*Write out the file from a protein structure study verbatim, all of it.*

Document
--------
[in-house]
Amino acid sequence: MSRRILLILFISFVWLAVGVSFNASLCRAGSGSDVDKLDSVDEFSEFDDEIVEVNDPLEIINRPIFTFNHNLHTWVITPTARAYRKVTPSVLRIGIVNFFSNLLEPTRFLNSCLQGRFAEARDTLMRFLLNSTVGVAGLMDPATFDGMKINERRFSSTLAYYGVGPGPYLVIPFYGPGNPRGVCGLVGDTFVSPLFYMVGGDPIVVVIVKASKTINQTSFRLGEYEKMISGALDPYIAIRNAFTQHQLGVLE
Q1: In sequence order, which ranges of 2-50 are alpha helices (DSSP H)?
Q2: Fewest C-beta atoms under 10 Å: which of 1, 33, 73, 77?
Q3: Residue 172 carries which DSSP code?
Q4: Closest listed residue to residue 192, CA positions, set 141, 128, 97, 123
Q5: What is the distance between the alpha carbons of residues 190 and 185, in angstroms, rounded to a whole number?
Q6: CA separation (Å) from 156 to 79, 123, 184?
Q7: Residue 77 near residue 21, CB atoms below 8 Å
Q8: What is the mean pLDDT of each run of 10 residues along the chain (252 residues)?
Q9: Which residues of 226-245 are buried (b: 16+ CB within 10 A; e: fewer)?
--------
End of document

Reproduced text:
[in-house]
Amino acid sequence: MSRRILLILFISFVWLAVGVSFNASLCRAGSGSDVDKLDSVDEFSEFDDEIVEVNDPLEIINRPIFTFNHNLHTWVITPTARAYRKVTPSVLRIGIVNFFSNLLEPTRFLNSCLQGRFAEARDTLMRFLLNSTVGVAGLMDPATFDGMKINERRFSSTLAYYGVGPGPYLVIPFYGPGNPRGVCGLVGDTFVSPLFYMVGGDPIVVVIVKASKTINQTSFRLGEYEKMISGALDPYIAIRNAFTQHQLGVLE
Q1: In sequence order, which ranges of 2-50 are alpha helices (DSSP H)?
Q2: Fewest C-beta atoms under 10 Å: which of 1, 33, 73, 77?
Q3: Residue 172 carries which DSSP code?
Q4: Closest listed residue to residue 192, CA positions, set 141, 128, 97, 123
Q5: What is the distance between the alpha carbons of residues 190 and 185, in angstroms, rounded to a whole number?
Q6: CA separation (Å) from 156 to 79, 123, 184?
Q7: Residue 77 near residue 21, CB atoms below 8 Å
Q8: What is the mean pLDDT of each run of 10 residues along the chain (252 residues)?
Q9: Which residues of 226-245 are buried (b: 16+ CB within 10 A; e: fewer)?